JAY RUBY: As I indicated before, his performance was one of the more amazing experiences in my life. He was just a great musician and very flamboyant. [Before he performed] he watched The Who, and there he was, on the side of the stage watching them tear the stage apart. That was going to be a hard act to follow. He obviously thought about this in advance because he did, after all, have a can of lighter fluid in his pocket.
EXPERIENCE HENDRIX: Many people try to paint that flamboyant action as a social statement…
JAY RUBY: I don’t think it had a lot of symbolic importance. It was just great theater. What Monterey was important for, was that the East Coast discovered all these musicians who hadn’t been around that much. It was Big Brother & The Holding Company and other peoples like that’s first ‘major’ public appearance. For most of the local bands, they were simply local band and didn’t have record contracts. So, it was kind of an east meets west.
EXPERIENCE HENDRIX: Having seen Hendrix on stage six months prior to interviewing him, did you get the sense that everyone knew where Jimi was headed?
JAY RUBY: No. I don’t think so at all. I mean I think everyone who saw him at Monterey was extremely impressed with him and they realized that he was going to be a big deal. But people were just starting to get used to him.
EXPERIENCE HENDRIX: What was the Hendrix package?
JAY RUBY: He had a terrific stage presence. He was just wonderful to watch—it was just grand theater. I mean, one of things that I think took Americans a long time to learn, something that Jimi learned from the British, was that this just wasn’t music, this was theater. And you had to present something very visual too. For Jimi, it wasn’t just his clothes or his incredibly sexual aura, but he was just incredibly good entertainment—the three of them were wonderful to watch.
EXPERIENCE HENDRIX: What about his music?
JAY RUBY: He was one of the more experienced and proficient experimenters of feedback. He and Pete Townshend, seems to me, were the best people for making feedback into a musical thing. I mean we’ll never forget “Star Spangled Banner” at Woodstock, right? All feedback—that was an amazing piece of work. It’s still a powerful piece. Besides being a consummate musician, he was just a lot of fun to watch. His clothes and everything, he really had a style to it.
EXPERIENCE HENDRIX: At several points in his career, Jimi was under intense pressure because some people in the African American community said that Jimi “wasn’t black enough…”
JAY RUBY: Well, he never developed much of a black following. If you look at what popular black music was at that time, it was Motown. And so, he was too much into the white blues, psychedelic stuff, and that audience is almost entirely white. I think he had developed a following, but I don’t think he had very many black followers., I don’t think that they rejected him, I just don’t think they were very interested in him. Diana Ross and The Temptations—that was what was going on at that time.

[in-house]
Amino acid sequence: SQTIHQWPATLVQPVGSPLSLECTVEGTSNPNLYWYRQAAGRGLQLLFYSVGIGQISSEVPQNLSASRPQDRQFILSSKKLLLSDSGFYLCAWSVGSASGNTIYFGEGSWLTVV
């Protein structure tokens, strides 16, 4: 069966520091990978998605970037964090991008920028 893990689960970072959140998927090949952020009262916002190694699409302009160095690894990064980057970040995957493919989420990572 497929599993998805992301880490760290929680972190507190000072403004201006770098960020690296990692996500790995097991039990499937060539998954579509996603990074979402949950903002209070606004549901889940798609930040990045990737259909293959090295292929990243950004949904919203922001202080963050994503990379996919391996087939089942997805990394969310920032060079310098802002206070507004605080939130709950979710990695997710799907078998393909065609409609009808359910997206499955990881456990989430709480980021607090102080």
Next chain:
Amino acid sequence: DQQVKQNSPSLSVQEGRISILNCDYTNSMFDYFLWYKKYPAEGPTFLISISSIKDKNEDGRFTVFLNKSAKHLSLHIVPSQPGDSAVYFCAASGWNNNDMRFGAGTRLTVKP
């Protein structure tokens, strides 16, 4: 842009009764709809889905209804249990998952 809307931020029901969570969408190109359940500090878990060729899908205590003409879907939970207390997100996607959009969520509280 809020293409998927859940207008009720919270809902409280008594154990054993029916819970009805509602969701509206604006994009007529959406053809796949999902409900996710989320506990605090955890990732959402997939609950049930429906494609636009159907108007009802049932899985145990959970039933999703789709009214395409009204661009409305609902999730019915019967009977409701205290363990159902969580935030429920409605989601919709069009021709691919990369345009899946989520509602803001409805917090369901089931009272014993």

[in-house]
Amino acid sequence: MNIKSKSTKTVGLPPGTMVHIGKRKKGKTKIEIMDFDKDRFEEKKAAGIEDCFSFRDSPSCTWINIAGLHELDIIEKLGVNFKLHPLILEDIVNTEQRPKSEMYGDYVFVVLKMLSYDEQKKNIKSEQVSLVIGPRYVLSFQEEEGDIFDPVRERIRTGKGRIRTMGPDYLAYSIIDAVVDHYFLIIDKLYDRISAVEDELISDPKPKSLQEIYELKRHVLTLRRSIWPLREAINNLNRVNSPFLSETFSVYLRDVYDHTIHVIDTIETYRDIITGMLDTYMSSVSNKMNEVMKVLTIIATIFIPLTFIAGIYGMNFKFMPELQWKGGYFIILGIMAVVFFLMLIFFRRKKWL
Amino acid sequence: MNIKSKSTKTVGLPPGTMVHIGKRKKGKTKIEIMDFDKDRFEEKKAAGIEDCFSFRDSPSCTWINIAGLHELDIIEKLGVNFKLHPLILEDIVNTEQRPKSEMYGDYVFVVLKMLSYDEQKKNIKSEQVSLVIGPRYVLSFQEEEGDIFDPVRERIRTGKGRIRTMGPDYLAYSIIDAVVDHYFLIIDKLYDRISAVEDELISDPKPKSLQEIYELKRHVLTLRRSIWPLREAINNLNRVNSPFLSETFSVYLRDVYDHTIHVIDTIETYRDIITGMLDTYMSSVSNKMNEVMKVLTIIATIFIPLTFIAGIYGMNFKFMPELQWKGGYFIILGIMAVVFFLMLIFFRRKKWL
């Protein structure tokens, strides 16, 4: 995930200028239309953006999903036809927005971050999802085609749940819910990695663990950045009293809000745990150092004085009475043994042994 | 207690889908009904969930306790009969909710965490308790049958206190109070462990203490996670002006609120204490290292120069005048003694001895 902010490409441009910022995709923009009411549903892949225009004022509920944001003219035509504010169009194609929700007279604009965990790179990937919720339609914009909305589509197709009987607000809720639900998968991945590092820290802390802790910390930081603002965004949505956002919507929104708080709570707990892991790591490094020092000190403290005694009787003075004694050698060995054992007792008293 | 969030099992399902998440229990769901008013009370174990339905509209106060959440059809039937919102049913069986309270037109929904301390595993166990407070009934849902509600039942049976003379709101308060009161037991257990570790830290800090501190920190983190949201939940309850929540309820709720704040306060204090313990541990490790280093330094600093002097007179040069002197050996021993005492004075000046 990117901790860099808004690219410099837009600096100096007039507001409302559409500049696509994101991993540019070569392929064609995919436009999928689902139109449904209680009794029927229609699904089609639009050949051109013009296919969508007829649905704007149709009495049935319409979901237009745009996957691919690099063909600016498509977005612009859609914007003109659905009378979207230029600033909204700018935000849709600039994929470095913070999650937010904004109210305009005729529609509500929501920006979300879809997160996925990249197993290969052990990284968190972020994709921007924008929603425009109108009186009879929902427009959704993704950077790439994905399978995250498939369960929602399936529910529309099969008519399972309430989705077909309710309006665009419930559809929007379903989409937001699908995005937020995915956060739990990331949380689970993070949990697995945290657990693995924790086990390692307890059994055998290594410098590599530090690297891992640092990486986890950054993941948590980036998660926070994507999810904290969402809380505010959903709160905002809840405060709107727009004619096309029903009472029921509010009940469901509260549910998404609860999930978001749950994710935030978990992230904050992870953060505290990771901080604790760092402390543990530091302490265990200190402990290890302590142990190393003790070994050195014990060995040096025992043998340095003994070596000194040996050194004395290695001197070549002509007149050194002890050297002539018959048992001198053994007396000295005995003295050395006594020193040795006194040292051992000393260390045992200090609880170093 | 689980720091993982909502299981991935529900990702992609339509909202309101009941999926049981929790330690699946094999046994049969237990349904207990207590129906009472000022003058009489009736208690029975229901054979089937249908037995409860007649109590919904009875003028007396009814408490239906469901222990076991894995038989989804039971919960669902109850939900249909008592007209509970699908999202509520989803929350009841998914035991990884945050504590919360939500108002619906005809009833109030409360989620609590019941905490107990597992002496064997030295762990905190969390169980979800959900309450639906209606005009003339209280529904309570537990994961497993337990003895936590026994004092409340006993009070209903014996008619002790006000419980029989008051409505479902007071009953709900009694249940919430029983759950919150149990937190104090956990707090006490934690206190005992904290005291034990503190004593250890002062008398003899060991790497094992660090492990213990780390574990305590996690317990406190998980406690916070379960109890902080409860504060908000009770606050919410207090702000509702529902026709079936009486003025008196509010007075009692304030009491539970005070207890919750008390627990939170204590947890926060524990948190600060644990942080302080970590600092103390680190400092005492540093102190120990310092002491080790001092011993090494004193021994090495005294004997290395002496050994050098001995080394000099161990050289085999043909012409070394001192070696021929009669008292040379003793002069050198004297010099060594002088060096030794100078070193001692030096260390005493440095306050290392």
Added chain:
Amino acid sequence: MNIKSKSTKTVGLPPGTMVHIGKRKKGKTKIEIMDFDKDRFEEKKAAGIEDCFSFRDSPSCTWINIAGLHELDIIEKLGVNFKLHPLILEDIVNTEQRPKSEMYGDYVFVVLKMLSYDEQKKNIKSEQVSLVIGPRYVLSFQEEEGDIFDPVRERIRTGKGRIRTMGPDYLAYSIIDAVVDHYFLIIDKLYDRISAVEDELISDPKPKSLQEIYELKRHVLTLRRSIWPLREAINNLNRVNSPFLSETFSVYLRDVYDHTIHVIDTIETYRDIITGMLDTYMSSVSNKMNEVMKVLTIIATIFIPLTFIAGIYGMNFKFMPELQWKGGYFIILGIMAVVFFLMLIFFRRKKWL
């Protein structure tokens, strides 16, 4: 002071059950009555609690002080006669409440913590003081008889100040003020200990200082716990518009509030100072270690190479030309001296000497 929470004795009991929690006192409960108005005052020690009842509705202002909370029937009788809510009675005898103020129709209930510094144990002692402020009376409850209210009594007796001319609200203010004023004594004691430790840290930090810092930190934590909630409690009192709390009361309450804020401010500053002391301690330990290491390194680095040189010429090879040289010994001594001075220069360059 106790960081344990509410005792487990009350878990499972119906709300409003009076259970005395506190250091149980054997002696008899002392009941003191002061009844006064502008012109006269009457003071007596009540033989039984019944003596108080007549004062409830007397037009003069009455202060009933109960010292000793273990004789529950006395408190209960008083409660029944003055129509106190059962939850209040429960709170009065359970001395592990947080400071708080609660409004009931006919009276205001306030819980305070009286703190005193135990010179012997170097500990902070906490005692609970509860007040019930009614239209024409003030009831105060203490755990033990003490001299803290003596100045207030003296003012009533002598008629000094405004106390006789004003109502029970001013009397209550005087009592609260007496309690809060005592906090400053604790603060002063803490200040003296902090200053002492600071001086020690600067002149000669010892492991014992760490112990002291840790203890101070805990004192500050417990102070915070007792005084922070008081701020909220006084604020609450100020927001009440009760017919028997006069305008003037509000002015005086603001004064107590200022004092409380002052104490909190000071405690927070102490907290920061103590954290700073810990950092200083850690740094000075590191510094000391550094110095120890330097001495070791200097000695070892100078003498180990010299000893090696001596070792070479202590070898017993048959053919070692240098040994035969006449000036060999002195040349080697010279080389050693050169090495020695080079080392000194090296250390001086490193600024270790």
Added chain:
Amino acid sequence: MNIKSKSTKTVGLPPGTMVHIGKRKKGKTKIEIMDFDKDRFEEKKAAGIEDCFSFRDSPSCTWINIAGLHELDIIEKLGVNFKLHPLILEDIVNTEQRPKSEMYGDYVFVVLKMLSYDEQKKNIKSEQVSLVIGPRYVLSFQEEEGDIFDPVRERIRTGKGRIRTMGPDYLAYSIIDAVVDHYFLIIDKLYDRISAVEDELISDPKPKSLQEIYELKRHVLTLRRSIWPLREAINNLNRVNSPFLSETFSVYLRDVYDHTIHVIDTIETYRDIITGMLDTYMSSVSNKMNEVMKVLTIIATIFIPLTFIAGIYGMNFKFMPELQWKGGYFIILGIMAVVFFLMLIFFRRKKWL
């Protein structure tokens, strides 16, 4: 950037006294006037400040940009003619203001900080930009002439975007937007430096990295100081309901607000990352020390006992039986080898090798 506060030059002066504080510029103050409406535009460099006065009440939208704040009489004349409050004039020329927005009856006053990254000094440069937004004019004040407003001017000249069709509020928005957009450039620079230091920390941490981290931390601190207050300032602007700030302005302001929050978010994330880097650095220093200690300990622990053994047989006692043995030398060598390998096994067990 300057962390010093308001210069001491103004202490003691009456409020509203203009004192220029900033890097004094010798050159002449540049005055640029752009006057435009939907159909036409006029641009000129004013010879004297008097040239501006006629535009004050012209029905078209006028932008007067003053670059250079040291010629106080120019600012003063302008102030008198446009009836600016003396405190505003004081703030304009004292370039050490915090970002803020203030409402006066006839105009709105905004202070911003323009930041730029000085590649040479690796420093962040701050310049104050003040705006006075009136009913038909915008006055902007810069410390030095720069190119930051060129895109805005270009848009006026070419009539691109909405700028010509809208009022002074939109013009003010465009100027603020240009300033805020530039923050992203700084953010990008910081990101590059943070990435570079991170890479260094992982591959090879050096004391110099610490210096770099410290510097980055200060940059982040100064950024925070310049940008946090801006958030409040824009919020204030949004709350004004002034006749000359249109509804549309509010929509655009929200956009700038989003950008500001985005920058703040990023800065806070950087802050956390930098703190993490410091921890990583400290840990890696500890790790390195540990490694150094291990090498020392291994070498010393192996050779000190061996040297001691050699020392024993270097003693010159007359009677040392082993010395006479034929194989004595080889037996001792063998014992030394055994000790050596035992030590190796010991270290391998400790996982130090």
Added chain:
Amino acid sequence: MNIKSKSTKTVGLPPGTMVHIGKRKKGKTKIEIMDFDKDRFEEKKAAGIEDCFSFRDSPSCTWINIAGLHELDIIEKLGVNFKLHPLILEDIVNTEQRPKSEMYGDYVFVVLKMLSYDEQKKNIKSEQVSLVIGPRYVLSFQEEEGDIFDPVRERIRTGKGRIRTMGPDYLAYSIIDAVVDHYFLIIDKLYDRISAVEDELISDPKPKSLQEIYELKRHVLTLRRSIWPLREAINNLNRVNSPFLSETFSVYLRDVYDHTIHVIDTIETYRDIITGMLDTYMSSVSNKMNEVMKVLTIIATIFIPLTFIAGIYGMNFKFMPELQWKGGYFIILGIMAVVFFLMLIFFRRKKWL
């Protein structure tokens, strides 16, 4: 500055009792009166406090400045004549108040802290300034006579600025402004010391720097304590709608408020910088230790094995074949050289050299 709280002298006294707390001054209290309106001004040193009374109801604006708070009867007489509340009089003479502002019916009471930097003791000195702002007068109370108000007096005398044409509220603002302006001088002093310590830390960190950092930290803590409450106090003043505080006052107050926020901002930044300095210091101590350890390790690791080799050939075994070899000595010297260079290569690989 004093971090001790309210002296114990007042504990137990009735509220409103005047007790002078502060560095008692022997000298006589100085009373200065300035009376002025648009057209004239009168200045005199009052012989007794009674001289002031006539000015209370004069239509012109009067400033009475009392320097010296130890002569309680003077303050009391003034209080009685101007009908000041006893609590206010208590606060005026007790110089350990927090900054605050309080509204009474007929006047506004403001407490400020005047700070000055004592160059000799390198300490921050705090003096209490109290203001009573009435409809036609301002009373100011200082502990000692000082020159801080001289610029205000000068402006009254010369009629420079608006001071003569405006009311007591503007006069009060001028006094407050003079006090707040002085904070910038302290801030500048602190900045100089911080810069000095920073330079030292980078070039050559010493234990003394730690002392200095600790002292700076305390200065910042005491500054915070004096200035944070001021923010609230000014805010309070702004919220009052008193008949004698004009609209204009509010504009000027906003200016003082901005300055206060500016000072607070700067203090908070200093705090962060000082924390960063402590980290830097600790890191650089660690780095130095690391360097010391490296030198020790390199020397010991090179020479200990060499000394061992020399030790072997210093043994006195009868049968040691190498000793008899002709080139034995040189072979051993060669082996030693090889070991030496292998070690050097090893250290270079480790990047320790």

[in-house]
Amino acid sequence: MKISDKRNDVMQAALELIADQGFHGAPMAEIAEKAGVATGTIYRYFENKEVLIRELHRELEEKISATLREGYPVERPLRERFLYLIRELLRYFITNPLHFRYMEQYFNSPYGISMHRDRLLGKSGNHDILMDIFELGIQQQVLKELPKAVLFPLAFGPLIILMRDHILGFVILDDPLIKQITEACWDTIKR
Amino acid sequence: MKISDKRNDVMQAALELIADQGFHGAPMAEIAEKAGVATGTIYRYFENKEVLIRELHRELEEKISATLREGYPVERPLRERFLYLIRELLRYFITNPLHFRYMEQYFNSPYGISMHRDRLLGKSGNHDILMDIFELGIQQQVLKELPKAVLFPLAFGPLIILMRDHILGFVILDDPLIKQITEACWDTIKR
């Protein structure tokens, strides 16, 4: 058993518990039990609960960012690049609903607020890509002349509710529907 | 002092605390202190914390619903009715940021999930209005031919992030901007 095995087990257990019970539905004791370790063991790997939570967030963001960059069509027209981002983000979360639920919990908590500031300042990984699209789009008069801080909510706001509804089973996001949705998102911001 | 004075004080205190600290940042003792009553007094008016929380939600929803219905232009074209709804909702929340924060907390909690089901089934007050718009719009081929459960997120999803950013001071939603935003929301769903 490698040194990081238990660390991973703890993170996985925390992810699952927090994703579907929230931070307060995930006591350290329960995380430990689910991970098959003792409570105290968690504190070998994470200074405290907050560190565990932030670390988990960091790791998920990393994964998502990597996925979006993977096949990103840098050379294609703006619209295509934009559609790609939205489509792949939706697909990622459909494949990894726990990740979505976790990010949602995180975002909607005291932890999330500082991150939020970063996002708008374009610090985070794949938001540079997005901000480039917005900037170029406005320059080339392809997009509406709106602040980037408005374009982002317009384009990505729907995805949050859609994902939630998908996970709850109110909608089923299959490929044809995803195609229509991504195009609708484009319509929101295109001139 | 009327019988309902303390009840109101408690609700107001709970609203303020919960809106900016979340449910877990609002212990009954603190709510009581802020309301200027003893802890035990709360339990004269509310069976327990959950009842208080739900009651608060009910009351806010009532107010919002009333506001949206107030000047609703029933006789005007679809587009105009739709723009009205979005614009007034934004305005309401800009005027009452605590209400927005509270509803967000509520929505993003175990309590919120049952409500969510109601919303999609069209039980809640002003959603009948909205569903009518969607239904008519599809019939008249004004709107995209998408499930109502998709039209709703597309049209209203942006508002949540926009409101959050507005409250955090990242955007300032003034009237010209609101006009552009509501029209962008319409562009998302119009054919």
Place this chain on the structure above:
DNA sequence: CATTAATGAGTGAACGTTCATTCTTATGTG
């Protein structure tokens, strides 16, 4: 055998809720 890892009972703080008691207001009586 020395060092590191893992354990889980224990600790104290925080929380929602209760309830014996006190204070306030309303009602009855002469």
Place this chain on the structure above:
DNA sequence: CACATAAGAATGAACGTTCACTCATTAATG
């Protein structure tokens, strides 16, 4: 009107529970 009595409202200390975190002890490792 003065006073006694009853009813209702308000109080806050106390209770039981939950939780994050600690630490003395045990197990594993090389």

Jimi’s audience was white. The same people that like Eric Clapton, also liked him, be he was much more into expanding the blues form rather than just following that form.
EXPERIENCE HENDRIX: Was Jimi a true bluesman?
JAY RUBY: I think he was eclectic. He came out of a blues tradition, but he certainly expanded upon it. His experiments with feedback and his experiments with borrowing from folk/rock. I’m not sure who I would compare him to. In many ways he’s very much like Pete Townshend.
“He was a good musician, and on his way to becoming a very important musician.”
EXPERIENCE HENDRIX: What is it about Jimi Hendrix that continues to make him so popular today?
JAY RUBY: As far as Hendrix, it was just astonishing to watch and to listen to. Nobody moved on stage while he played. It was just astonishing, and everyone just stood there and watched. I was standing on the side of the stage and watched him with all those pyrotechnics which after The Who, it was really mind-boggling. He was accomplished at that moment, but I don’t think there were really a lot of changes in what he did from that point. He was a good musician, and on his way to becoming a very important musician.
I think Hendrix would have been a lot like Eric Clapton in the sense, of being able to go through middle-age very gracefully with his music. A lot of these guys were so burnt out, but I don’t think that would have been the case with Hendrix.
FROM THE VAULT. This classic interview with Journalist/Anthropologist, Jay Ruby was conducted in September 2000 and was published in the Winter 2000 edition of Experience Hendrix Magazine. Jay Ruby’s interview with Jimi Hendrix was conducted on January 31, 1968 and later published in the July 1968 issue of Jazz & Pop. Following his time at Jazz & Pop, Jay Ruby was a scholar and professor in the Department of Anthropology at Temple University in Pennsylvania before retiring in 2003. Sadly, Ruby passed away in February 2022 at the age of 86. Thanks for the memories.